Apartment residents praise moves to provide two rubbish chutes and differently coloured bags for their recyclable and regular waste.
Abu Dhabi recycling scheme set to expand
ABU DHABI // Residents of high-rise buildings have had their pleas for recycling facilities answered.
Many living in apartments demanded improved waste-management services after thousands of villas were given green and black bins for separating recyclable items from other rubbish.
And plans are now under way to offer recycling options, the Centre of Waste Management said yesterday.
Engineer Hani Hosni, head of environment, health and safety at the centre, said: “In a few months we will begin the huge campaign for Abu Dhabi’s high-rise buildings and install two containers for waste segregation.
“We have already asked the owners of the high-rise new builds to provide two separate waste chutes on each floor or two cabins for waste segregation.”
The move follows the roll-out of a waste segregation programme that saw 14,100 recycling bins distributed to villas across the city in December.
For older high-rise buildings that cannot accommodate two separate rubbish chutes on each floor, the centre is considering giving residents green and black bags to segregate waste before dumping it, Mr Hosni said. The centre’s workers would then separate the bags.
The centre is also seeking input from residents to resolve any concerns.
Residents of apartments said there was not enough instruction about recycling but many agreed they would follow segregation rules if the correct facilities were provided.
“We have a waste chute on each floor of our 18-floor building but there is no instruction for waste segregation from the concerned authorities,” said Jihad Jaafar, a sales supervisor who lives on Khalifa Street.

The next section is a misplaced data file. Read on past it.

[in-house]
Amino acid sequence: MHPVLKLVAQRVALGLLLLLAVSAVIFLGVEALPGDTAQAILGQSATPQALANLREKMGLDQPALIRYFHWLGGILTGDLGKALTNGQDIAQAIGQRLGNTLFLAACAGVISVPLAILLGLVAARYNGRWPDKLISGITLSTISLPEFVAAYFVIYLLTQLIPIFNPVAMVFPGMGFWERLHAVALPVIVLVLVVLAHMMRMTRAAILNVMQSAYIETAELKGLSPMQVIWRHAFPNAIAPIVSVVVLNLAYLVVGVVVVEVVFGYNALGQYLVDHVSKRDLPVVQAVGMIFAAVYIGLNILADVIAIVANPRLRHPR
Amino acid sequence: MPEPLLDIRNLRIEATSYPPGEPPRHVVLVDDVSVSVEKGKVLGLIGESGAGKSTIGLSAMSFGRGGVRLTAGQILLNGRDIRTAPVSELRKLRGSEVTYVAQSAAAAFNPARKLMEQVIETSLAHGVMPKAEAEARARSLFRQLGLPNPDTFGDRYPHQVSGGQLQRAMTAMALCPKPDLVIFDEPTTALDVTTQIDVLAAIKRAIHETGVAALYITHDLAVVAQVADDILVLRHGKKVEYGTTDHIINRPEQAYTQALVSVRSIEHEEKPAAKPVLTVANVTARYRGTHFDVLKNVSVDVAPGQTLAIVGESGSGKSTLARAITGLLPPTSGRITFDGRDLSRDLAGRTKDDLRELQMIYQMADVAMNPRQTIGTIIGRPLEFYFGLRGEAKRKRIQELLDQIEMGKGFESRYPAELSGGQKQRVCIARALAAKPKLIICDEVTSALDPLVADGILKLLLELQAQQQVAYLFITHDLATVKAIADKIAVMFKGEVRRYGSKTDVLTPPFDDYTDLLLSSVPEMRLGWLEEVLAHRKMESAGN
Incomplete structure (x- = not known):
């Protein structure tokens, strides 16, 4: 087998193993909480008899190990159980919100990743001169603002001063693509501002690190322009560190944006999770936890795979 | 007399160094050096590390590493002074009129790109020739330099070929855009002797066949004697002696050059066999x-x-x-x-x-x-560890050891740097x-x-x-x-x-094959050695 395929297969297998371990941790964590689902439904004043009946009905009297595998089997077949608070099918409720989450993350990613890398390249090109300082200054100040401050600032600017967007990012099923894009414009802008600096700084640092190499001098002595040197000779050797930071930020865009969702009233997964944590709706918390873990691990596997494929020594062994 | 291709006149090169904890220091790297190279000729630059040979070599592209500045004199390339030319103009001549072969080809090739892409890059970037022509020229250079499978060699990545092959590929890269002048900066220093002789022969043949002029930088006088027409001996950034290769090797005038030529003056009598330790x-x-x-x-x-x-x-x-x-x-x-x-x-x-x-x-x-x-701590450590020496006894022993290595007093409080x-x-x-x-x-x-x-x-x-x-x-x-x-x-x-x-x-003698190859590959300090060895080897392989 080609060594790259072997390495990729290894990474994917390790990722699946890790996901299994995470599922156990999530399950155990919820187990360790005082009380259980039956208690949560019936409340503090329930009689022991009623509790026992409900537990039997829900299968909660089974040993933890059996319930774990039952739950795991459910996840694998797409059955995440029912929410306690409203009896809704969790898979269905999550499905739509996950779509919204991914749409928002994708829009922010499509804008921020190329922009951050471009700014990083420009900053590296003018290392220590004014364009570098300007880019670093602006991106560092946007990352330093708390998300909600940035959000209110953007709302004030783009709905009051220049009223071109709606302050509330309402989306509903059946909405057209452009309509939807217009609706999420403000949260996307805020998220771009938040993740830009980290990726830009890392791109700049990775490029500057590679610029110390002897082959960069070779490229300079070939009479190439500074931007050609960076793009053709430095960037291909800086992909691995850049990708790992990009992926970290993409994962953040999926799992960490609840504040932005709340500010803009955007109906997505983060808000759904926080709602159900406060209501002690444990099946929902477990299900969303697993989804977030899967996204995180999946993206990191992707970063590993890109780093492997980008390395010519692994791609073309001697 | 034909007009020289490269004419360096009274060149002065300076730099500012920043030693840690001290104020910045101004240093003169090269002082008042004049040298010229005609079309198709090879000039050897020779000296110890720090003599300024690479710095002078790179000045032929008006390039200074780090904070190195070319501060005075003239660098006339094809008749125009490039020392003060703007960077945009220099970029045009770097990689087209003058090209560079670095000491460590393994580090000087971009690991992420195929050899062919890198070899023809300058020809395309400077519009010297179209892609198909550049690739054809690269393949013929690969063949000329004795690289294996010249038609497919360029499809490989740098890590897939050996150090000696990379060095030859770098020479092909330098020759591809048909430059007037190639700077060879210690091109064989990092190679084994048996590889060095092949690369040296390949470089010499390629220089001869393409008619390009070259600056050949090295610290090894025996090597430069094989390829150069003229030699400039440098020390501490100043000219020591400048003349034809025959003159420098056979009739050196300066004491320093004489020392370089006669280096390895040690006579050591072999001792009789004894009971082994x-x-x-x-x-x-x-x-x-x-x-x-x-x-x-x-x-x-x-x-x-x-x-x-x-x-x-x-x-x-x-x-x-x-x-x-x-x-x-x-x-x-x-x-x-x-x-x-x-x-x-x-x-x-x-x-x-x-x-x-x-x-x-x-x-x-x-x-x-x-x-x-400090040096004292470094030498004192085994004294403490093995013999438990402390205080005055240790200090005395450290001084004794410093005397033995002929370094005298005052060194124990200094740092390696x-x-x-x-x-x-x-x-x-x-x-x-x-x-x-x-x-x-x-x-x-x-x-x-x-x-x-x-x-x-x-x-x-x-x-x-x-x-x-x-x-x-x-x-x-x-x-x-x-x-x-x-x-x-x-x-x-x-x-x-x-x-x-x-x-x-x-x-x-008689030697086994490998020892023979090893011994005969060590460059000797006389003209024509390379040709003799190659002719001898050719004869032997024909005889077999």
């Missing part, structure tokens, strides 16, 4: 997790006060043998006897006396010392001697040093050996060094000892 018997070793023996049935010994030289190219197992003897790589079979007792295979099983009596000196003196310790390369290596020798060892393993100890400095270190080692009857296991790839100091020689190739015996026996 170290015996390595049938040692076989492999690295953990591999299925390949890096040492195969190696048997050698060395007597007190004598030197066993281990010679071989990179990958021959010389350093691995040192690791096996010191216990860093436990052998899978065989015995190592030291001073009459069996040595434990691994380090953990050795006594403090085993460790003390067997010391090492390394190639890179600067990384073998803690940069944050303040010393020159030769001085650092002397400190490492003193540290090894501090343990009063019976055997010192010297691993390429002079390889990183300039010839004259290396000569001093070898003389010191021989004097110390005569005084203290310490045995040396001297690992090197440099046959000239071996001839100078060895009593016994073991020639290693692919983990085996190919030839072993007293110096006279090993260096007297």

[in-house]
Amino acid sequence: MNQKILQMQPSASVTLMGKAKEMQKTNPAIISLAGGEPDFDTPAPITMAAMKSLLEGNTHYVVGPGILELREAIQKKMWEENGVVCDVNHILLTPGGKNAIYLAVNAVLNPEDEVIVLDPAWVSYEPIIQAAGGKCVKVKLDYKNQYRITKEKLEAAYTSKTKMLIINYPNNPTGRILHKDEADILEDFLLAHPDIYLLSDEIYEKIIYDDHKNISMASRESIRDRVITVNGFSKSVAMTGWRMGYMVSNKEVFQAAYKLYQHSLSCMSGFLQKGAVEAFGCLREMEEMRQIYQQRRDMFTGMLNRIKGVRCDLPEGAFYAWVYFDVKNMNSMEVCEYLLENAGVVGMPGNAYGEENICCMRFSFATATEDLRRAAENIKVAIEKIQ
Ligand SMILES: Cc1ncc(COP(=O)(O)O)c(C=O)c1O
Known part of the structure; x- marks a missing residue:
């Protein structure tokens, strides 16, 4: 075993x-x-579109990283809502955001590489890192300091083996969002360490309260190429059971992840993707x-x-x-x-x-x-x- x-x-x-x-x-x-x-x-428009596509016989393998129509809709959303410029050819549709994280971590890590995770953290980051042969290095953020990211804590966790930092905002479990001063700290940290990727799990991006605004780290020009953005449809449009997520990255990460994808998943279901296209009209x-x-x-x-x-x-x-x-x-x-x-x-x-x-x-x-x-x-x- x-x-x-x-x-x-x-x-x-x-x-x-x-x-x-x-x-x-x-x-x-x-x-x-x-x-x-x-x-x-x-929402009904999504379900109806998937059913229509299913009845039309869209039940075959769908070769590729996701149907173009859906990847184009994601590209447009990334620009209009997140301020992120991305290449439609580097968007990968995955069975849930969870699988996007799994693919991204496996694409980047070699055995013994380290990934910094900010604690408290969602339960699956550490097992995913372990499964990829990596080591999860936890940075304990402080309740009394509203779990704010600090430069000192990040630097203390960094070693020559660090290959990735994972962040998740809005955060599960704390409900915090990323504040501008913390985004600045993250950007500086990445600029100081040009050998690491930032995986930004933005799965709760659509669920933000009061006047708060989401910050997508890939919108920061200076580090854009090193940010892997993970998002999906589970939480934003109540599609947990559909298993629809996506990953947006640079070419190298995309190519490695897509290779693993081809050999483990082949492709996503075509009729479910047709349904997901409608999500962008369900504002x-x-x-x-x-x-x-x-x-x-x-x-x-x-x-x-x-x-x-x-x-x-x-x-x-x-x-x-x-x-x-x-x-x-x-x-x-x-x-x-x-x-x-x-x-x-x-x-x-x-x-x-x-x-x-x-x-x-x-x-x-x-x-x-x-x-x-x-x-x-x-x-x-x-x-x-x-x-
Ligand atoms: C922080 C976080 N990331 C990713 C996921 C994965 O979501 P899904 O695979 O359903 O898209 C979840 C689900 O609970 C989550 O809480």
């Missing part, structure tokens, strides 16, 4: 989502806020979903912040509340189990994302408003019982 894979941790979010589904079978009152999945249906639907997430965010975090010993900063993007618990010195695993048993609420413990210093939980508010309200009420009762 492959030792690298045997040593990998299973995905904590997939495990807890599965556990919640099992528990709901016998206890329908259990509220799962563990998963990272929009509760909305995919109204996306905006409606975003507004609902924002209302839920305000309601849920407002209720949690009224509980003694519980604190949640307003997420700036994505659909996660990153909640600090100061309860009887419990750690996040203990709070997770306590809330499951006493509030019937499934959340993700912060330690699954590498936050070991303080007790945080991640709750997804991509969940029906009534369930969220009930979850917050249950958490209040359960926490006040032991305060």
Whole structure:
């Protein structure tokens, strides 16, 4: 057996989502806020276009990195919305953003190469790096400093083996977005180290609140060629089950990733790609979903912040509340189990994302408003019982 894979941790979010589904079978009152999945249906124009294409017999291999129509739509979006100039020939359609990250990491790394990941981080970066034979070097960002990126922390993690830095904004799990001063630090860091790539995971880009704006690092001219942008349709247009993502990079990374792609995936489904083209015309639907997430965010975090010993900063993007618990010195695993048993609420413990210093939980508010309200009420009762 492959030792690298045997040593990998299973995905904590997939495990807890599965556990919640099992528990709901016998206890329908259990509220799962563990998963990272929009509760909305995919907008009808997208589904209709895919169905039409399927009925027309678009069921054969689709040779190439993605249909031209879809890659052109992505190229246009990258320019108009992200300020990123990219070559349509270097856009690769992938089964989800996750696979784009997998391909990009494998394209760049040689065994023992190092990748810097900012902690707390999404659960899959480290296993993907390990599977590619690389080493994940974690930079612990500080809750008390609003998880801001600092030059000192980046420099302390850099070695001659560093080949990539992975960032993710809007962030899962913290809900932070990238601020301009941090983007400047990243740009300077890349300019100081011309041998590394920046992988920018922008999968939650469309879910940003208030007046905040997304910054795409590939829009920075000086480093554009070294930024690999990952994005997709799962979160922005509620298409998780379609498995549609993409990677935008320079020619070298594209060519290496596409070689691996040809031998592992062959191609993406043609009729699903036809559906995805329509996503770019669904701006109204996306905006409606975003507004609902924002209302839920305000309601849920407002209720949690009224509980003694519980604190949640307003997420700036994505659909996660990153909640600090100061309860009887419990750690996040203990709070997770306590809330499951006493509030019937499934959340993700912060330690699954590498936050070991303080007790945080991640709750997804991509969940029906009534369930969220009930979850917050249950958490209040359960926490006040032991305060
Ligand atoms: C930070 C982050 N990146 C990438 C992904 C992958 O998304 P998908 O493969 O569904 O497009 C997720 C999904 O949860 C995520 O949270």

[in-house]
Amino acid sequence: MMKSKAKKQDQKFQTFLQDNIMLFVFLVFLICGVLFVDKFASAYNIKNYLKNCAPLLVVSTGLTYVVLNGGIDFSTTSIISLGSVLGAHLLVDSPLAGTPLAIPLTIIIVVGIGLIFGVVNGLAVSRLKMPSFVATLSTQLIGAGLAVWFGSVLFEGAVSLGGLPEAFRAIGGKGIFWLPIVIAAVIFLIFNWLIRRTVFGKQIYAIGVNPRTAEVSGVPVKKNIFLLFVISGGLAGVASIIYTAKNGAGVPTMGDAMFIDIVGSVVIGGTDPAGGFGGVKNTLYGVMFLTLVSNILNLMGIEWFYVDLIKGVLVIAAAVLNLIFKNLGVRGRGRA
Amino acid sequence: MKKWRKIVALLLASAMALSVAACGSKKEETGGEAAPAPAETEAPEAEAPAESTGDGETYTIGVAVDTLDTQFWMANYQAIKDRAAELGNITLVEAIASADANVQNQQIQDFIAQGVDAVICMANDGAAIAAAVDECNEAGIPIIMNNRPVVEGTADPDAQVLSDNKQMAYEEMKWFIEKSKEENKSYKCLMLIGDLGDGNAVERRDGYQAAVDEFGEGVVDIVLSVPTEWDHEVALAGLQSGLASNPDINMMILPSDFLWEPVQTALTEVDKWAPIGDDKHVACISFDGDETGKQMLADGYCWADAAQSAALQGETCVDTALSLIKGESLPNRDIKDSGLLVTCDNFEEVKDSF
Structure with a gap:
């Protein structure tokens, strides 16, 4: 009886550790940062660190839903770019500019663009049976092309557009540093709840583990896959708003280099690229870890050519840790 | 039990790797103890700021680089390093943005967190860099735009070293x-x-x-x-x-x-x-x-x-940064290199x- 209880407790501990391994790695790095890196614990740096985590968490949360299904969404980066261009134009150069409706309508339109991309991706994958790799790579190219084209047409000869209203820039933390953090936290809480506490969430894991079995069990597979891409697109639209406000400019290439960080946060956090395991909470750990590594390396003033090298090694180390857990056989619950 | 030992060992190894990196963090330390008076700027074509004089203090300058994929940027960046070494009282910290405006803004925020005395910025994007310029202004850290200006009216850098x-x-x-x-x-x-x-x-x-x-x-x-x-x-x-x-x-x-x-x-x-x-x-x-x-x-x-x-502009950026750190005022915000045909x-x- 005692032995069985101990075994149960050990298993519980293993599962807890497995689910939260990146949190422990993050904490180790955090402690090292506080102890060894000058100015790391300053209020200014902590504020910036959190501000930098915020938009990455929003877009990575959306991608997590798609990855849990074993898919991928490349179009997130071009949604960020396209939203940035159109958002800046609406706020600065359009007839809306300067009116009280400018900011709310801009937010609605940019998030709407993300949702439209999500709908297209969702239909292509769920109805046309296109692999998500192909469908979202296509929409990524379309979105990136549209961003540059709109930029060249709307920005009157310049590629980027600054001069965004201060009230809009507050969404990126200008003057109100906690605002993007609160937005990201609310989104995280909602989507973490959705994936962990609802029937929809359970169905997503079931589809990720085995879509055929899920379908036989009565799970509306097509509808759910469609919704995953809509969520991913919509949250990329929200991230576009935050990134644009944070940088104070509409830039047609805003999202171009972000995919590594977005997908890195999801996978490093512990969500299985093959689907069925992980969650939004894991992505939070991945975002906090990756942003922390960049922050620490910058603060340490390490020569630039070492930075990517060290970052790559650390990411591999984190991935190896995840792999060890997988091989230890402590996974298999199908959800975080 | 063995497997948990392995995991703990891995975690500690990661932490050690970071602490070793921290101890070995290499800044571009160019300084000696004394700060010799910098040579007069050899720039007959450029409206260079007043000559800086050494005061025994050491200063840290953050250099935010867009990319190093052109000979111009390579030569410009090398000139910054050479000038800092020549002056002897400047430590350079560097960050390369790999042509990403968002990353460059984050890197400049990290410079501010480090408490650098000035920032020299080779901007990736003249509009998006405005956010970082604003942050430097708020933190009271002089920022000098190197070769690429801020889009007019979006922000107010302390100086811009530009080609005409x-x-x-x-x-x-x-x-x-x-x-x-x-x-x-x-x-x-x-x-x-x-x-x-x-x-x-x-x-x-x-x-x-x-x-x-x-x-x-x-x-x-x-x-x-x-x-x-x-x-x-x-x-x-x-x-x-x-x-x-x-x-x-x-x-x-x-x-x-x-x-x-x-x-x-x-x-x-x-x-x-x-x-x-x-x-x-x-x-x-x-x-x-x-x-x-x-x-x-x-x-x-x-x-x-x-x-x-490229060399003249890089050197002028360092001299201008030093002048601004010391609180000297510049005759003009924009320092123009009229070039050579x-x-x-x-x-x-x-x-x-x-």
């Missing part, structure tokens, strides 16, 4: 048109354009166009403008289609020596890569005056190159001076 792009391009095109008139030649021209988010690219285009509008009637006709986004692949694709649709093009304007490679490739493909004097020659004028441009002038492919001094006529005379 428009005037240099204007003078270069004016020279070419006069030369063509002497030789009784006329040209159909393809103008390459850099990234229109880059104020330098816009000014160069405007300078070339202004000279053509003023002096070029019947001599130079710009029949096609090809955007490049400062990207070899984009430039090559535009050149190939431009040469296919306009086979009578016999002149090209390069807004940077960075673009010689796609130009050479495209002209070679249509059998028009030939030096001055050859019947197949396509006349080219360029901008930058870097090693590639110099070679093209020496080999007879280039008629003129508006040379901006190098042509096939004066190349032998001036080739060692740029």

“We put all of our rubbish in a polythene bag and dump it without segregation. All the discarded waste gets collected in a big garbage collection box on the ground floor, which is routinely collected by the waste-collection vehicles. We are not aware of the green and black trash bins and there is only one waste chute on each floor.”
Syed Yousuf Aaftab, a network telecommunication engineer, believes residents would happily segregate waste if the authorities provided different coloured bags and gave clear instructions.
His building has a waste room and rubbish chute but most residents use only the chutes.
“If the centre even designates two separate places for dumping recyclable and non-recyclable waste at each floor residents will discard accordingly,” he said. “The garbage room could be allocated for recyclable stuff and waste chutes for non-recyclables.”
Another high-rise resident, Ameen Mohsin, a businessman who lives in the Hamed Centre building on Electra Street, said: “Our building has a garbage room on each floor and we dump the discarded material in this room.
“We do not segregate papers, bottles, cans and food but put them all in one polythene bag.
“The trash gets accumulated in a bigger bin, which is regularly collected by the waste-collection trucks. It’s good that the waste is collected twice in a day.”
The Centre of Waste Management has coordinated with the Urban Planning Council so that only buildings with two waste chutes on each floor, for recycling and regular waste, will get planning approval in Abu Dhabi emirate, said Mr Hosni.
Smaller projects would be allowed to have waste rooms on each floor instead of chutes, he added.